Sanders: Freedom Of Speech Does Not Mean Freedom To Buy The Government

Once again, it's Sen. Bernie Sanders out there fighting the good fight and standing up for what's left of our democracy. Sadly we can't say the same for our United States Supreme Court:

Once again, it's Sen. Bernie Sanders out there fighting the good fight and standing up for what's left of our democracy. Sadly we can't say the same for our United States Supreme Court: The Shutdown, the Koch Brothers, the Court and the Tea Party:

The Supreme Court on Tuesday heard a case that could give the wealthy an even bigger role in American elections. Sen. Bernie Sanders sat in on the oral arguments in McCutcheon vs. FEC, the case that the court could use to further erode campaign finance laws and extend its controversial 2010 Citizens United ruling which opened the floodgates on campaign spending by corporations and wealthy individuals. “Freedom of speech, in my view, does not mean the freedom to buy the United States government,” Sanders told a rally outside the Supreme Court after the one-hour oral argument.

Taking advantage of the Citizens United ruling, the billionaires Charles and David Koch and other wealthy individuals have provided financial backing for the movement that forced a now week-old government shutdown, according to The New York Times. Some House Republicans, Sanders said, have gone along with their party’s right-wing Tea Party wing to fend off well-funded primary challenges.

“We are living in a society where a handful of people with incredible sums of money like the Koch brothers and others, are undermining what this democracy is supposed to be about,” Sanders said. “Right now, as we speak, in the House of Representatives there are people who are being threatened that if they vote for a clean CR [continuing resolution to reopen the government] that huge sums of money will be spent against them in the next election,” Sanders said.

At issue in the new case is a limit on how much donors may give to all candidates and political organizations during a two-year federal election cycle. The cap now is $123,200. That includes a separate $48,600 limit on contributions to individual candidates during 2013 and 2014. A separate $2,600 limit on how much one individual may give to any specific candidate for Congress in any election is not directly at stake in this case.

Sanders said the court’s previous ruling in Citizens United resulted in a record $7 billion being spent in the 2012 election cycle, including at least $400 million by the Koch brothers alone.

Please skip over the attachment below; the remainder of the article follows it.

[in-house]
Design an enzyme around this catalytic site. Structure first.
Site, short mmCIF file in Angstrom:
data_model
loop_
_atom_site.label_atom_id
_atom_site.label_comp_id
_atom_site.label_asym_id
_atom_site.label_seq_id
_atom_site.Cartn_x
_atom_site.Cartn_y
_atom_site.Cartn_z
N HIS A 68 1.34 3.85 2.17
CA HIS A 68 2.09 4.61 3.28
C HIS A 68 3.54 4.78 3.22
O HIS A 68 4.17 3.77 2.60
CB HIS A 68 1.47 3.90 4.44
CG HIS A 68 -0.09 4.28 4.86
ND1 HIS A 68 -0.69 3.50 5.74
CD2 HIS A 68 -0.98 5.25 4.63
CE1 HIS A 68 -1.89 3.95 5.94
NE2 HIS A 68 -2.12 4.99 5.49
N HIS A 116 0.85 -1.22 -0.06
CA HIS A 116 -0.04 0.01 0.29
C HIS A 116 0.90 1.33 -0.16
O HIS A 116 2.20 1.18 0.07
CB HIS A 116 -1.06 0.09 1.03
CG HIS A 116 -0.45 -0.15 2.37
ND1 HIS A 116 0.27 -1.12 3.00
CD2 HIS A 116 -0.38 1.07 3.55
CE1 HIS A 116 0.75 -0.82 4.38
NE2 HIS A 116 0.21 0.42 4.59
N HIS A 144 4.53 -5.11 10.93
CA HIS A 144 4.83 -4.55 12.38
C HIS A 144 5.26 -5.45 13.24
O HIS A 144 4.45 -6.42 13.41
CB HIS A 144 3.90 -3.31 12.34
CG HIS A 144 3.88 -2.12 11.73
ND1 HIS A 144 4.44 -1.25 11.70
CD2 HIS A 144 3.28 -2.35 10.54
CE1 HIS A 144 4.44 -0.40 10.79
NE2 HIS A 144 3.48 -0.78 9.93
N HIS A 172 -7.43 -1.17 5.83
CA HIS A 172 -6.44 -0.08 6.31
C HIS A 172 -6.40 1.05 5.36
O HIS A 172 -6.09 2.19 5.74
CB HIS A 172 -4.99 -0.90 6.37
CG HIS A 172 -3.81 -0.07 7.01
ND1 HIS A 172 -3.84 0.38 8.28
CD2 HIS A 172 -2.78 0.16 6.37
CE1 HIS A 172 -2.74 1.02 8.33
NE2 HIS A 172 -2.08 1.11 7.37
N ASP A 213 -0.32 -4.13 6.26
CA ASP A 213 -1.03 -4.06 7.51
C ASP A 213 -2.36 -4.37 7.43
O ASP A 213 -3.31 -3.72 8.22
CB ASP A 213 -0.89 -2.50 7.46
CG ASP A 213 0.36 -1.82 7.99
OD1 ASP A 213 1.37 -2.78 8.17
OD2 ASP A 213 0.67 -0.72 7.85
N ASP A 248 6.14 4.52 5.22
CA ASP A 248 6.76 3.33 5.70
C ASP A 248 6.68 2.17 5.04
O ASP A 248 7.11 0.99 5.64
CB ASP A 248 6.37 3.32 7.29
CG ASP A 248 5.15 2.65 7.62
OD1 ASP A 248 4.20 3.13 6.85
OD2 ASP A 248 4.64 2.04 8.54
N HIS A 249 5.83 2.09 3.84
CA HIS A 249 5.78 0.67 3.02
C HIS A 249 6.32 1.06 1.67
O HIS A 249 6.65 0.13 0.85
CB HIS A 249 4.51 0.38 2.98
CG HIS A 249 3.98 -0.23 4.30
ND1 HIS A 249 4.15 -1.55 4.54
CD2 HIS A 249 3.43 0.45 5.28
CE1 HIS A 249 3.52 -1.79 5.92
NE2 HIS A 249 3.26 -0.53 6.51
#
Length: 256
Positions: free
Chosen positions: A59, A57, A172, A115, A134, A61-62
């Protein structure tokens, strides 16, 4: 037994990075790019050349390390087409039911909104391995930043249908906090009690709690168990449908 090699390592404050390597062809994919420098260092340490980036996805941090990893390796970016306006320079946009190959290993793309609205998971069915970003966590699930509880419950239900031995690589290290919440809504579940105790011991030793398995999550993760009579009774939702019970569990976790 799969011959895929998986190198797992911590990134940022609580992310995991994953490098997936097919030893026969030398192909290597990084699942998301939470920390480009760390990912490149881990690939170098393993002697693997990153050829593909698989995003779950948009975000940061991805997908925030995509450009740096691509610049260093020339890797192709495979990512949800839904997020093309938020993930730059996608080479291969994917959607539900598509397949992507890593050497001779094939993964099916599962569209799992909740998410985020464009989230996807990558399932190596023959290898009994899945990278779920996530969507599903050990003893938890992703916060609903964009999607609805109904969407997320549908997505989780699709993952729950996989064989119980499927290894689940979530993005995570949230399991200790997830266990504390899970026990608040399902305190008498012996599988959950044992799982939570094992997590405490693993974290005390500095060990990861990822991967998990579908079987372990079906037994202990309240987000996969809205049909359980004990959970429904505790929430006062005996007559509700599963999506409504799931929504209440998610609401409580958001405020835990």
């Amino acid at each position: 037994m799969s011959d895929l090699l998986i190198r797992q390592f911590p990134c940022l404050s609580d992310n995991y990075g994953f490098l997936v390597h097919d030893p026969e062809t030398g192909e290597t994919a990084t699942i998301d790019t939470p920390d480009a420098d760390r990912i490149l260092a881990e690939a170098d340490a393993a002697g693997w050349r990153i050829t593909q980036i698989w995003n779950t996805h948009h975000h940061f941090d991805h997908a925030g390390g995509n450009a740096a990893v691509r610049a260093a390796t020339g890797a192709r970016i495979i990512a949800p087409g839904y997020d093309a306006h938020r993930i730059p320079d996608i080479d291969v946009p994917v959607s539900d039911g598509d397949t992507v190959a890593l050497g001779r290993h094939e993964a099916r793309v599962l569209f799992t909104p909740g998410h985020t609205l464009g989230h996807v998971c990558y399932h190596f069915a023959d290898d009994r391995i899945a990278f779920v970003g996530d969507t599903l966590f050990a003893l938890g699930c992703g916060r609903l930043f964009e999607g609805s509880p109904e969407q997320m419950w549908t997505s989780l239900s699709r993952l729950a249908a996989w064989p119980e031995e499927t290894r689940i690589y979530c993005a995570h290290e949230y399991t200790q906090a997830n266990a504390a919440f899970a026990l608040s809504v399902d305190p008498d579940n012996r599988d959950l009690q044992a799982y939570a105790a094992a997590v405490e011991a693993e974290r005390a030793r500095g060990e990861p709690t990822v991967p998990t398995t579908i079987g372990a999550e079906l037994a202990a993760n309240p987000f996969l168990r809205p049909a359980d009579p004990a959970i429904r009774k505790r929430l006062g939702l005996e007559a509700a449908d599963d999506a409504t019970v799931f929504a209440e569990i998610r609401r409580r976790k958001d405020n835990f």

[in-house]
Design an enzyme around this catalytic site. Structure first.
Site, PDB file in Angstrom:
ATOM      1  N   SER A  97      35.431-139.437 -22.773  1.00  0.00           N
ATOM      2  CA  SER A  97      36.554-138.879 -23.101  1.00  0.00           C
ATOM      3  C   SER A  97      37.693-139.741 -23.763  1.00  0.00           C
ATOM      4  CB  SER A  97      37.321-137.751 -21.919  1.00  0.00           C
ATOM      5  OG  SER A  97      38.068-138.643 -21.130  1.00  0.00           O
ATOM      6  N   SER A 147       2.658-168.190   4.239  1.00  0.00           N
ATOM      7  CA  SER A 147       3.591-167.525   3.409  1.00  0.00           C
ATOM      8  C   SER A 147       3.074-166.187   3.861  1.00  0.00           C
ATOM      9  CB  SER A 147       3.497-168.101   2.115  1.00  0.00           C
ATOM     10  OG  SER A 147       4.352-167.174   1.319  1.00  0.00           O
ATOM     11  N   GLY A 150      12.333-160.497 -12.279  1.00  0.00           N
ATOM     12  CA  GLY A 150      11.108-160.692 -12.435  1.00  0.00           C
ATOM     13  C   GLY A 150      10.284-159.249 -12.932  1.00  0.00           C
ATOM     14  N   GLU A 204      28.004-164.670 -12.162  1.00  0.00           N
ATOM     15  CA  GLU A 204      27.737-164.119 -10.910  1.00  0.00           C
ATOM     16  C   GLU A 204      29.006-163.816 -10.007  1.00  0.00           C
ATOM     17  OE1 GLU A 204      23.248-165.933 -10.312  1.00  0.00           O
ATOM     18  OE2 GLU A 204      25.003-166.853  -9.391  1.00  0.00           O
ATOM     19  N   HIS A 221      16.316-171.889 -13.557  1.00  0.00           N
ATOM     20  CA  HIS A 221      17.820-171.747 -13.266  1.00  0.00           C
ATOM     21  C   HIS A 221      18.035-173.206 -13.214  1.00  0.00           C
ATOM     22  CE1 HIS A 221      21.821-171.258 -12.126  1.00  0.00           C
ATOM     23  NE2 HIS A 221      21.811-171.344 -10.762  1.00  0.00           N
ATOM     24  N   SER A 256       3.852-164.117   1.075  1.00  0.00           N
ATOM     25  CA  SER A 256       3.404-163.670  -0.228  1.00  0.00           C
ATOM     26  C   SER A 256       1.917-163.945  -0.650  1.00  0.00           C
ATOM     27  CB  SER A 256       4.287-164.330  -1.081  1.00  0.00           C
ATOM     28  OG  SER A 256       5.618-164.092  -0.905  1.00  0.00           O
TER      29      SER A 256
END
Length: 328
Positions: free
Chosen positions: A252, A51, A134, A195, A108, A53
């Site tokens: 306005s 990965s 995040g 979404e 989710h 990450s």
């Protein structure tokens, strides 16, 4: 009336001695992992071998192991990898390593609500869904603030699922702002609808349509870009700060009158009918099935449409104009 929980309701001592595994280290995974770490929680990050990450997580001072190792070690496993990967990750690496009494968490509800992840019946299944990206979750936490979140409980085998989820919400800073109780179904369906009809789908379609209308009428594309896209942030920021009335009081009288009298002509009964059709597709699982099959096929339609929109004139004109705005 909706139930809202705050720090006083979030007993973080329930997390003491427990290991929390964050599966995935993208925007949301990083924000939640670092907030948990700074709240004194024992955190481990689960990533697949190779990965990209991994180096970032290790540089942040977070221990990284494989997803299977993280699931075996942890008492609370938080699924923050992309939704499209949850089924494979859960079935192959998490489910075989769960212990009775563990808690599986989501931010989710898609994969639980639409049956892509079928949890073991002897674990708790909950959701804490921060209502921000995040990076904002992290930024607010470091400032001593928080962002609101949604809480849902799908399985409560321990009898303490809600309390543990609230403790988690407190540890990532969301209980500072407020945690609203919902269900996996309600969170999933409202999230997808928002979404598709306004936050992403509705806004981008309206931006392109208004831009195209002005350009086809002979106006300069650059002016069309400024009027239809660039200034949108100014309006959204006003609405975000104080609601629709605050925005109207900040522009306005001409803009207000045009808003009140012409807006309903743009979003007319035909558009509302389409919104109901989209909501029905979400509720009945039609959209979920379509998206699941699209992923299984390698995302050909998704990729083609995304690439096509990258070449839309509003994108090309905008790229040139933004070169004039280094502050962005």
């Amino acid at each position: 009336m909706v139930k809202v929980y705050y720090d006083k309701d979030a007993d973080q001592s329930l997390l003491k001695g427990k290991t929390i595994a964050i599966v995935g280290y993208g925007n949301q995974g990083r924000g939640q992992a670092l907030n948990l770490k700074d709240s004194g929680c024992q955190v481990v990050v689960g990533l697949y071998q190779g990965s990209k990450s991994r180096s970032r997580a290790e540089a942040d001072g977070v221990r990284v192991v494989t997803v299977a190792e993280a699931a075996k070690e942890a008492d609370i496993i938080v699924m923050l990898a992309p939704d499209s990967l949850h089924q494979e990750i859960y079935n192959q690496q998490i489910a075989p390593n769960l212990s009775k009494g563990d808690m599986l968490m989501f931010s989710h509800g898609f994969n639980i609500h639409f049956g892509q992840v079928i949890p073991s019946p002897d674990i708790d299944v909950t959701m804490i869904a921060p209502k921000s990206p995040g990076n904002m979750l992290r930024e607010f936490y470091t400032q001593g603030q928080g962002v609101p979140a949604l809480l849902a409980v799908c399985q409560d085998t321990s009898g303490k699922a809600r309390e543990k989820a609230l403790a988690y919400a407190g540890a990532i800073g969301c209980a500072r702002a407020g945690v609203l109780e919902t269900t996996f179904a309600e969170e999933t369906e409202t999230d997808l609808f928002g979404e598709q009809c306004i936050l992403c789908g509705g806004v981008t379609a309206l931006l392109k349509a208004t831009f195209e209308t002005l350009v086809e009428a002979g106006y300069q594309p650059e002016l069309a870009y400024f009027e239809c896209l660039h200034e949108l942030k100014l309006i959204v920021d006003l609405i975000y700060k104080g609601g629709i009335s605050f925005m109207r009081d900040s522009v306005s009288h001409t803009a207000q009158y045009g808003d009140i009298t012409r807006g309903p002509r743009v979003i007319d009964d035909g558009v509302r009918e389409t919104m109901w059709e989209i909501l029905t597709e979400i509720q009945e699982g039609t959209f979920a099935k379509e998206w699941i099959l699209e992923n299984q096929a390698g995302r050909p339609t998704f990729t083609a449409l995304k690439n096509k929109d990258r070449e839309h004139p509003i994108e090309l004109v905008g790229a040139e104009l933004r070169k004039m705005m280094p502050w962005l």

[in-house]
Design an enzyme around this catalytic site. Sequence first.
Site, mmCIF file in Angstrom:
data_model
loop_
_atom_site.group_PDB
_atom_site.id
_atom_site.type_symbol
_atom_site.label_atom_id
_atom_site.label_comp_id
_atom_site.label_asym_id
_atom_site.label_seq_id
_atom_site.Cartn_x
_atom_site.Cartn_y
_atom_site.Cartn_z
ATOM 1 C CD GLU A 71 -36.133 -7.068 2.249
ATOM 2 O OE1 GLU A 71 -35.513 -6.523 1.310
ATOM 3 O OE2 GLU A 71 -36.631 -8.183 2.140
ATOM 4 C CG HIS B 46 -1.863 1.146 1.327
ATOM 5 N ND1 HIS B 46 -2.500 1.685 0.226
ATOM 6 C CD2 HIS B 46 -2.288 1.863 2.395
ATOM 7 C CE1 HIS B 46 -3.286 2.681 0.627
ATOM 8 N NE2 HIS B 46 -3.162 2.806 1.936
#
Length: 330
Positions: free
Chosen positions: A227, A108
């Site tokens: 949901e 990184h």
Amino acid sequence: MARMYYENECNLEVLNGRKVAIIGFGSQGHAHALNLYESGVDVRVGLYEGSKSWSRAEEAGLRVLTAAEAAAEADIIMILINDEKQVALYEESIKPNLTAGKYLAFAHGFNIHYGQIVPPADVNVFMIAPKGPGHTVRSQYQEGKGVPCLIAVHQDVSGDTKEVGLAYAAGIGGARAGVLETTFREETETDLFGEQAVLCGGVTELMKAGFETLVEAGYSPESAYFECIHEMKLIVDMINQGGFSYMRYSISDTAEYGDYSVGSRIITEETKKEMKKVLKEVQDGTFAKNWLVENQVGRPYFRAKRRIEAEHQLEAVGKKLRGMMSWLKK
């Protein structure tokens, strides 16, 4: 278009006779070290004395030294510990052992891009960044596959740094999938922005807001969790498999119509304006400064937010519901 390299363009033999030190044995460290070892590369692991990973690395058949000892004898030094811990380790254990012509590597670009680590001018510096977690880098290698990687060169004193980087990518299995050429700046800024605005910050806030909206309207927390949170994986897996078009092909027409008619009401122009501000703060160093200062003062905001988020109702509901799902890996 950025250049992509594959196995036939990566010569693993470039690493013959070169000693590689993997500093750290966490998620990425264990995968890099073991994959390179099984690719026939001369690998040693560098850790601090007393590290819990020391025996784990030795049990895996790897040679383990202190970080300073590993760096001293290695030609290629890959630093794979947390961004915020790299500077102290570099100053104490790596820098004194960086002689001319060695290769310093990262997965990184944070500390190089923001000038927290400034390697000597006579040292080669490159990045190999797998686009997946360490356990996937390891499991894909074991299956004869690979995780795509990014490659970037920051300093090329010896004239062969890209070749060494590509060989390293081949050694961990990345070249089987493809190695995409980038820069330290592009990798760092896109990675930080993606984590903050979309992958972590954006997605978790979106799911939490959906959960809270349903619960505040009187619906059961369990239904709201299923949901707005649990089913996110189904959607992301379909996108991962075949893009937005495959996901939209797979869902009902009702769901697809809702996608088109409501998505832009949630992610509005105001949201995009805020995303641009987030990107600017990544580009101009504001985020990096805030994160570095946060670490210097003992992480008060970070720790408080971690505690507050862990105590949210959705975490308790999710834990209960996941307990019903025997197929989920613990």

Sanders has proposed a constitutional amendment to overturn that ruling. His amendment and a companion measure in the House by Rep. Ted Deutch of Florida would make it clear that the right to vote and the ability to make campaign contributions and expenditures belong only to real people. The amendment would effectively prevent corporations from bankrolling election campaigns. Congress and states would have specific authority to regulate campaign finances by, for example, limiting donations, requiring disclosure of donors or creating public-financing systems for campaigns. [...]

To read the constitutional amendment, click here.

For a fact sheet on the amendment, click here.

Here's more from PoliticusUSA: Bernie Sanders Storms The Supreme Court to Stop the Koch Brothers Theft of Democracy:

At a rally outside the Supreme Court, Sen. Bernie Sanders (I-VT) took on the Koch brothers and said, “Freedom of speech does not equal freedom to buy the United States government.”

Sen. Sanders said,

In the long history of our country people have fought and died for democracy. Democracy means one person, one vote. The fact that all of us have the opportunity to be involved in the political process to stand up for what we believe in. Three years ago, or so the Supreme Court decided that corporations are people. They decided that through independent expenditures billionaires could spend unlimited sums of money to impact elections.

Let me say one word to you right now about how relevant that is. As all of you know, the government of the United States shut down. Hundreds of thousands of workers are suffering, millions of people are not getting the services they need. Right now, as we speak, in the House of Representatives there are people who are being threatened that if they vote for a clean CR to open the government without destroying the Affordable Care Act then huge sums of money will be spent against them in the next election.

We are living in a society where a handful of people with incredible sums of money, folks like the Koch brothers and others, are undermining what this democracy is supposed to be about. The bottom line here is that if we do not want to move this nation to an oligarchic form of society where a handful of billionaires can determine the outcome of these elections, then it is imperative not only that we overturn Citizens United, but that we put a lid on how much people can contribute in elections.

Freedom of speech, in my view, does not mean the freedom to buy the United States government

Sen. Sanders was present at the Supreme Court to hear oral arguments in the case of McCutcheon vs. FEC. The Supreme Court will deciding the fate of the caps that limit how much donors can give to candidates and political organizations during a two year election cycle later in this term.

If the Supreme Court rules the caps unconstitutional, it will allow conservative billionaires to spend even more money in their attempt to execute a hostile takeover of the United States government. Read on...

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